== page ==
The Postal Service is closing the historic 1916 post office in Stamford, Connecticut, on Friday — without ever having conducted a discontinuance study.
That’s because the Postal Service classified the closing as a “relocation” rather than a “discontinuance.” Relocation decisions are covered by a different set of postal regulations, which are much less stringent than the regulations for closures, and as a result, the community had much less opportunity to offer input.
The Postal Service is closing the post office without a new location in place because it has finally found a buyer. Details of the sale have not been made public, but the Stamford Advocate reports that the building has been purchased by the Cappelli Organization, a White Plains development firm that joined with Thomas Rich to build the 34-story Trump Parc luxury high-rise that opened in 2009.
Cappelli says it plans to preserve the oldest part of the post office building, which dates to 1916, but it wants to tear down a 1939 addition to the post office — a proposal that has drawn opposition from preservationists in the past. The post office is on the National Register of Historic Places.
The Postal Service conducted the relocation process on Stamford two years ago. When it held the public meeting in August of 2010, David Rouse, a real estate specialist for the Postal Service, explained that the Atlantic Street building has 38,000 square feet, while a new retail office would need only 3,600 square feet. Mr. Rouse said it was too early to say where the new location would be.
Only a couple of dozen people attended the 2010 meeting. But that wasn’t for lack of interest in the community.
"The announcement of this meeting was the best kept secret in Stamford," city Rep. John Zelinsky told the Stamford Advocate. "If you're going to have a public hearing, you've got to let the public know about it."
Had the Postal Service been conducting a regular discontinuance study instead of simply a relocation process, the notification requirements would have ensured that everyone knew about the meeting, and it would have been much better attended. Instead, the meeting went under radar.
The Postal Service is now saying that until a new location is found, customers of the Atlantic Street post office should go to the facility at 317 West Avenue, where some new space is being built for box holders. The Postal Service says it is still looking for a new location, but considering how much time and money is being spent to expand the post office boxes on West Avenue, one wonders if there will ever be a new replacement for the Stamford post office.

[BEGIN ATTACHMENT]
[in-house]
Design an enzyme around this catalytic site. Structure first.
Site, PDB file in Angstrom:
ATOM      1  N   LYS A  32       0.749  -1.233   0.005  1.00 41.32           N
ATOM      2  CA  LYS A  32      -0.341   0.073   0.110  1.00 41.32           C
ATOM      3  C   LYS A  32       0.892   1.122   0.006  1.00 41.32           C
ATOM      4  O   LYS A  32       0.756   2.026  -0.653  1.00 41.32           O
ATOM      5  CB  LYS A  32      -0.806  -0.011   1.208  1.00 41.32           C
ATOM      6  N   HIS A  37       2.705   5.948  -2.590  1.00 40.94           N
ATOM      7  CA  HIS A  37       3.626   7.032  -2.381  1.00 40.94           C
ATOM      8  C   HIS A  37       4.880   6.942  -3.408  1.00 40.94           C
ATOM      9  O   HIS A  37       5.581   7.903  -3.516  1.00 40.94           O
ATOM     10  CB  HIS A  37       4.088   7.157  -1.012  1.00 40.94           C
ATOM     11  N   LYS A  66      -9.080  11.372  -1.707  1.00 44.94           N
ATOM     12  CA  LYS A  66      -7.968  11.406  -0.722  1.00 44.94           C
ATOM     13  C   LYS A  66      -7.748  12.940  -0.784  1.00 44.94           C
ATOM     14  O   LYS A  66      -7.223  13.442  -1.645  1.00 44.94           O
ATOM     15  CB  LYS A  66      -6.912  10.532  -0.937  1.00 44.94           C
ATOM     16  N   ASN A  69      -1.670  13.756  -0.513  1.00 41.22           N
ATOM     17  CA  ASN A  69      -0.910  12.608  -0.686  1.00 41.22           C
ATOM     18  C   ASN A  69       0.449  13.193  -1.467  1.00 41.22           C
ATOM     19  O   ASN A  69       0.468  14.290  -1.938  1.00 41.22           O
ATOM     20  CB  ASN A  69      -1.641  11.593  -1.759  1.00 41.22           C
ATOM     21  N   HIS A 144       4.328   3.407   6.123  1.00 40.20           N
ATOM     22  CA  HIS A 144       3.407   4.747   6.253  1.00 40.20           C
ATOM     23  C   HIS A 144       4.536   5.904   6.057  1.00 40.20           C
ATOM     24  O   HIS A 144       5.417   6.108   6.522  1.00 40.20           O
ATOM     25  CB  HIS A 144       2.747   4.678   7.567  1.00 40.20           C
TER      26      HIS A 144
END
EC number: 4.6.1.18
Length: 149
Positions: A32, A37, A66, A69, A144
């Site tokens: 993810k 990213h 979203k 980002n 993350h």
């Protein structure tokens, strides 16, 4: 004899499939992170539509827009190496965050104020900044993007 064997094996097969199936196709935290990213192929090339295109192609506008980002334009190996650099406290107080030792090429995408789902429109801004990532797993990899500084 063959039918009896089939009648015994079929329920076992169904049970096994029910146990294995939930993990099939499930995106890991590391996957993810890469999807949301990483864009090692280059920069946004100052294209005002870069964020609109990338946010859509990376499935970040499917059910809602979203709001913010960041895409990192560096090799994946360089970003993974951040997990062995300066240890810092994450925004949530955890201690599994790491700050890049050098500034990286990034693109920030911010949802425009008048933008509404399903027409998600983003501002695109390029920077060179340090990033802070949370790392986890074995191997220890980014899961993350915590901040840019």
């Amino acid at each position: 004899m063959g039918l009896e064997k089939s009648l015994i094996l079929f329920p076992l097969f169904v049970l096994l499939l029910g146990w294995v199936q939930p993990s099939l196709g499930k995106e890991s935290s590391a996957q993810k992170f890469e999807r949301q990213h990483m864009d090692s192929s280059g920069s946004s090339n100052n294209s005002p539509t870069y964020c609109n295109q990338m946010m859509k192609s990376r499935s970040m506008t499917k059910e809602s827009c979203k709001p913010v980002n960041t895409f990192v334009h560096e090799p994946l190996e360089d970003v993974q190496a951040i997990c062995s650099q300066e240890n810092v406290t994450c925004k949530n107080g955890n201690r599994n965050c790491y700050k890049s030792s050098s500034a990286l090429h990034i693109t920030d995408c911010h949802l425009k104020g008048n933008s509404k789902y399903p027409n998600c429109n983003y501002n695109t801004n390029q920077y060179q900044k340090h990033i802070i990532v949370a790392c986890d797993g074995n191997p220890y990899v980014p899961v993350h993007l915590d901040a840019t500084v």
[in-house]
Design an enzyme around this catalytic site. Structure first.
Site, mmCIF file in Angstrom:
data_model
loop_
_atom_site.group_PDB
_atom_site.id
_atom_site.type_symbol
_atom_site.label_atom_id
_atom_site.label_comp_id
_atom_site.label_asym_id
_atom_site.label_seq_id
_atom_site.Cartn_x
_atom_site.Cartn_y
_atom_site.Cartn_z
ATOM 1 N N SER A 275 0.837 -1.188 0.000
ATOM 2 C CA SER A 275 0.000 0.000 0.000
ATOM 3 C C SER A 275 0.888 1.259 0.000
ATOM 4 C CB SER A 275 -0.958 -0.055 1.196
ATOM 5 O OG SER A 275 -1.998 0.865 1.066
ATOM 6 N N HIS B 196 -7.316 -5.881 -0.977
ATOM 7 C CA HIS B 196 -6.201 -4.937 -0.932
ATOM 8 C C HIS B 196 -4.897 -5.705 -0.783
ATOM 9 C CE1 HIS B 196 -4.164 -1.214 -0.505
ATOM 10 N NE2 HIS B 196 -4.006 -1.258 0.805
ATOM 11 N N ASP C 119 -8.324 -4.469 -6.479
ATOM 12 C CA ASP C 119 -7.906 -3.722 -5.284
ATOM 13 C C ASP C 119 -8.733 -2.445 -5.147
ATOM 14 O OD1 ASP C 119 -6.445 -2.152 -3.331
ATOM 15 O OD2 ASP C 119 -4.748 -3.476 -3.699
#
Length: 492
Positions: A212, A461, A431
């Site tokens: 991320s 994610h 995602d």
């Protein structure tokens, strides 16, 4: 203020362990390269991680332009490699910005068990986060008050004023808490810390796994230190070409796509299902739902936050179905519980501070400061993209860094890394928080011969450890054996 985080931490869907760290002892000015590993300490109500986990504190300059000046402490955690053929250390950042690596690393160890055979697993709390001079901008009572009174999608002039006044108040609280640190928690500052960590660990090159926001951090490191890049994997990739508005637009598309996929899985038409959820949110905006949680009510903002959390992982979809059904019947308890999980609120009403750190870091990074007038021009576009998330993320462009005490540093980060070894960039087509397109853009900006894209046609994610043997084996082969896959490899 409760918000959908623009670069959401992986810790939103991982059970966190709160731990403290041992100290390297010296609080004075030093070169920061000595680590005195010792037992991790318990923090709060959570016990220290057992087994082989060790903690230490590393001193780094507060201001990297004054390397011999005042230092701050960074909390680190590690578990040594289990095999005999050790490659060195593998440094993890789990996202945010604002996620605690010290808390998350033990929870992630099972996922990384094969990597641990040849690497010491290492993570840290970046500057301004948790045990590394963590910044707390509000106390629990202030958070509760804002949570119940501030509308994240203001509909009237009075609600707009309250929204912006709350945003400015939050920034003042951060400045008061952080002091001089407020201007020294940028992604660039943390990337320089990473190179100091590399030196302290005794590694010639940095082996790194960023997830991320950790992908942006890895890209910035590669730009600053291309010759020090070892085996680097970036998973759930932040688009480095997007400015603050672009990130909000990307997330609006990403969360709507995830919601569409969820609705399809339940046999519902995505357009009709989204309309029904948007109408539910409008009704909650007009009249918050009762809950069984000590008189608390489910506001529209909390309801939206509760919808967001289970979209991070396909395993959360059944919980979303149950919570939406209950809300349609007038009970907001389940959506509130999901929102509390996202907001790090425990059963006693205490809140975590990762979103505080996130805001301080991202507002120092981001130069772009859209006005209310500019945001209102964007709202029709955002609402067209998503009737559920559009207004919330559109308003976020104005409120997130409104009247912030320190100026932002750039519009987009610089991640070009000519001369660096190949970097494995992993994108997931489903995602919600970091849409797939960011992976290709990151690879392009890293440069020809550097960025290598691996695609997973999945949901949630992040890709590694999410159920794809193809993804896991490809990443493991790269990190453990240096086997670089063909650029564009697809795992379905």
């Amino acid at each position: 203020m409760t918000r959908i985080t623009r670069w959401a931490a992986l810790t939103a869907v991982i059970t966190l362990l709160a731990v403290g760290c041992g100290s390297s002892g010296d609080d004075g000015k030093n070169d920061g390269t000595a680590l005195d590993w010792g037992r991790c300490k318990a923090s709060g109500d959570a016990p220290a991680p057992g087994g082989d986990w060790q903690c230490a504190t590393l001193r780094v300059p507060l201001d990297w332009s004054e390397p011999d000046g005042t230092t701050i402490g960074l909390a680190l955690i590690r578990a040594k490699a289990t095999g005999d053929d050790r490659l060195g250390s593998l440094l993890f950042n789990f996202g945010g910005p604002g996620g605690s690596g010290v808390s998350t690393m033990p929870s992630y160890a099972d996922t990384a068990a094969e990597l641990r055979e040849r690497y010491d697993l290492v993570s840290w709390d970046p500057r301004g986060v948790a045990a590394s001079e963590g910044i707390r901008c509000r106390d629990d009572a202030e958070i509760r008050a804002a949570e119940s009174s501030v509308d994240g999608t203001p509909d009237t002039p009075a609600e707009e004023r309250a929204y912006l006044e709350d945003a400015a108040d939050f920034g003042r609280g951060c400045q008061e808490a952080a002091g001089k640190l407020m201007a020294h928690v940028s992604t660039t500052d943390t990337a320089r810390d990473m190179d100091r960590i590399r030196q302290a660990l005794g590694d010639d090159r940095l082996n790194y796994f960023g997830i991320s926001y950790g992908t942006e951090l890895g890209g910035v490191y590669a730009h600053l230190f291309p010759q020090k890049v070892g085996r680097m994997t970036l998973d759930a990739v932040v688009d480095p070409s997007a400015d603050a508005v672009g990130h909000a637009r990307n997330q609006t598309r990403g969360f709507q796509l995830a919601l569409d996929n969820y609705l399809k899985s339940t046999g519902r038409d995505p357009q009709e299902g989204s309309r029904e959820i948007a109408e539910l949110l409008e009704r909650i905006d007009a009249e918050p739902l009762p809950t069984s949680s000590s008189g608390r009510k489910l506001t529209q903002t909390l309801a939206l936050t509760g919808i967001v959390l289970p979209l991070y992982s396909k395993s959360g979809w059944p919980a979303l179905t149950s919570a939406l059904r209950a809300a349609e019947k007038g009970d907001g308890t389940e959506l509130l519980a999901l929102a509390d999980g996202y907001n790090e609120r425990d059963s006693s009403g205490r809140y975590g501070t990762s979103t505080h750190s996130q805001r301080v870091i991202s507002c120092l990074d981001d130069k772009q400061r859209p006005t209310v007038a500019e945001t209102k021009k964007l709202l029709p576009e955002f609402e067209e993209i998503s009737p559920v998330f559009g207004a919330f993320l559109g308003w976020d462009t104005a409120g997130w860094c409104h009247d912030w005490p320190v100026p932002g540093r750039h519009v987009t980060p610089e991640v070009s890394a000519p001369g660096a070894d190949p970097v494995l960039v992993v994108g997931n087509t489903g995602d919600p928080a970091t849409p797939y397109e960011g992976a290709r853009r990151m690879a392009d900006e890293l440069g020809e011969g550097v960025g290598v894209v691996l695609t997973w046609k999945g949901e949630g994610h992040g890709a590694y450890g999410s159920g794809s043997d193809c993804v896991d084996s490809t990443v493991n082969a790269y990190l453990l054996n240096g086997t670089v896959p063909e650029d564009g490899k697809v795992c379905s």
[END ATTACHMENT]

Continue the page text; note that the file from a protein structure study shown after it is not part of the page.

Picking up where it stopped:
The Postal Service had two years to a find a new location. Now it has gone ahead and closed the Stamford post office even without a new location in place. That is not only a violation of the Postal Service’s promise to the community — it’s also against the law. The Postal Service cannot permanently close a post office without going through a discontinuance procedure unless there is a replacement.
What’s happening in Stamford is significant for another reason. The Postal Regulatory Commission recently dismissed the appeals on the planned closure of post offices in the Bronx and Berkeley because the Postal Service described the closings as “relocations,” and the PRC views such relocations as outside its jurisdiction. In both case, the Postal Service conducted the relocation procedure without having identified a new location for the replacement post office.
In dismissing the cases on Berkeley and the Bronx, the Commission said that the appeals were "premature" because no discontinuance had taken place. The Commission did note, however, that "future events" could make the case "ripe" for review. In other words, were the post office to close without a new location in place, the closure could be viewed as falling within the scope of the discontinuance statutes and regulations, making an appeal possible.
Chairman Ruth Goldway added this note to the Commission's decision dismissing the Berkeley appeal: "The [relocation] process the Postal Service is currently employing appears to cause needless confusion in the affected communities, as evidenced by the appeals filed with the Commission, and damages its relations with the customers it is trying so hard to retain. The process would be improved if the Postal Service identifies the new post office location contemporaneously with announcing its decision to relocate the existing post office."
What's happening in Stamford shows that the Postal Service is perfectly capable of "relocating" a post office without providing a new location. Presumably the closure of the Stamford post office would now be ripe for appeal to the PRC.
Unfortunately, the case is a little past ripe. It’s dead. No one will bother appealing the closure to the PRC. The Postal Service will get away with breaking the law, while everyone just stands by and watches.
(Photo credit: Stamford CT post office)